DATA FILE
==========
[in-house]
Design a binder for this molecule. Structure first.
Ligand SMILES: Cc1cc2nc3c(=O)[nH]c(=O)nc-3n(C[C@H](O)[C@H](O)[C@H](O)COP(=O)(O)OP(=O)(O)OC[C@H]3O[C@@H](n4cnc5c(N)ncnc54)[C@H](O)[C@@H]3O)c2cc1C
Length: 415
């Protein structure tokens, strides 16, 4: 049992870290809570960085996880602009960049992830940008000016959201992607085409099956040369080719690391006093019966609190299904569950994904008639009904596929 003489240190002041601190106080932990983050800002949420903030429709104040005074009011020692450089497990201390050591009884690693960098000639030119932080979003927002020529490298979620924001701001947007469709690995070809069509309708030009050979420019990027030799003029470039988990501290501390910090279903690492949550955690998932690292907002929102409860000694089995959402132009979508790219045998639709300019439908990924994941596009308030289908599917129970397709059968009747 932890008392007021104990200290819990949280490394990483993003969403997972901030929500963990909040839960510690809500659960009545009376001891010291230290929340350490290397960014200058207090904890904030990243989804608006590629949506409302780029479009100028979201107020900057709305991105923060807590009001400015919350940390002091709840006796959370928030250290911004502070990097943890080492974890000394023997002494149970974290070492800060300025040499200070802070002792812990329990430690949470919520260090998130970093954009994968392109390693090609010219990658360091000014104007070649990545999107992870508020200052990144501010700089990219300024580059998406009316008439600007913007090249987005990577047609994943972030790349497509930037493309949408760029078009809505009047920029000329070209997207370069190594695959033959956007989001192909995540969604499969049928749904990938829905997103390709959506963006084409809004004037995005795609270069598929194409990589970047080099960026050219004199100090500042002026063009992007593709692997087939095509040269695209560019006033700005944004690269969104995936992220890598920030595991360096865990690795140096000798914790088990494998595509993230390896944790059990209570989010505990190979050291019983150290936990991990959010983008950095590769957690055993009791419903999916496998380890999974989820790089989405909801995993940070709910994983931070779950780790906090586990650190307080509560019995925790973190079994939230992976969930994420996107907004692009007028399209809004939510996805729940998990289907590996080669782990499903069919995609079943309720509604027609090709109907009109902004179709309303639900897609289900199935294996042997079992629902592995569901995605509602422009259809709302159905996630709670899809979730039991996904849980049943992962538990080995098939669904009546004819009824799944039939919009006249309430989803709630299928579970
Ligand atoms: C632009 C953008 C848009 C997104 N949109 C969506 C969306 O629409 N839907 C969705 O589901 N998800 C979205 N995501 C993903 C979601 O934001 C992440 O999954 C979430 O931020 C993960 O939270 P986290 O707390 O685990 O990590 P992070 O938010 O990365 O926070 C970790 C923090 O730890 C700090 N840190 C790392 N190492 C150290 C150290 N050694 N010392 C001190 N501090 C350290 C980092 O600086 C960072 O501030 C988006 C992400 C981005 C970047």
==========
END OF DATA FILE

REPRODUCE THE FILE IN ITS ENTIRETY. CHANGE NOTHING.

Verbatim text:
[in-house]
Design a binder for this molecule. Structure first.
Ligand SMILES: Cc1cc2nc3c(=O)[nH]c(=O)nc-3n(C[C@H](O)[C@H](O)[C@H](O)COP(=O)(O)OP(=O)(O)OC[C@H]3O[C@@H](n4cnc5c(N)ncnc54)[C@H](O)[C@@H]3O)c2cc1C
Length: 415
């Protein structure tokens, strides 16, 4: 049992870290809570960085996880602009960049992830940008000016959201992607085409099956040369080719690391006093019966609190299904569950994904008639009904596929 003489240190002041601190106080932990983050800002949420903030429709104040005074009011020692450089497990201390050591009884690693960098000639030119932080979003927002020529490298979620924001701001947007469709690995070809069509309708030009050979420019990027030799003029470039988990501290501390910090279903690492949550955690998932690292907002929102409860000694089995959402132009979508790219045998639709300019439908990924994941596009308030289908599917129970397709059968009747 932890008392007021104990200290819990949280490394990483993003969403997972901030929500963990909040839960510690809500659960009545009376001891010291230290929340350490290397960014200058207090904890904030990243989804608006590629949506409302780029479009100028979201107020900057709305991105923060807590009001400015919350940390002091709840006796959370928030250290911004502070990097943890080492974890000394023997002494149970974290070492800060300025040499200070802070002792812990329990430690949470919520260090998130970093954009994968392109390693090609010219990658360091000014104007070649990545999107992870508020200052990144501010700089990219300024580059998406009316008439600007913007090249987005990577047609994943972030790349497509930037493309949408760029078009809505009047920029000329070209997207370069190594695959033959956007989001192909995540969604499969049928749904990938829905997103390709959506963006084409809004004037995005795609270069598929194409990589970047080099960026050219004199100090500042002026063009992007593709692997087939095509040269695209560019006033700005944004690269969104995936992220890598920030595991360096865990690795140096000798914790088990494998595509993230390896944790059990209570989010505990190979050291019983150290936990991990959010983008950095590769957690055993009791419903999916496998380890999974989820790089989405909801995993940070709910994983931070779950780790906090586990650190307080509560019995925790973190079994939230992976969930994420996107907004692009007028399209809004939510996805729940998990289907590996080669782990499903069919995609079943309720509604027609090709109907009109902004179709309303639900897609289900199935294996042997079992629902592995569901995605509602422009259809709302159905996630709670899809979730039991996904849980049943992962538990080995098939669904009546004819009824799944039939919009006249309430989803709630299928579970
Ligand atoms: C632009 C953008 C848009 C997104 N949109 C969506 C969306 O629409 N839907 C969705 O589901 N998800 C979205 N995501 C993903 C979601 O934001 C992440 O999954 C979430 O931020 C993960 O939270 P986290 O707390 O685990 O990590 P992070 O938010 O990365 O926070 C970790 C923090 O730890 C700090 N840190 C790392 N190492 C150290 C150290 N050694 N010392 C001190 N501090 C350290 C980092 O600086 C960072 O501030 C988006 C992400 C981005 C970047």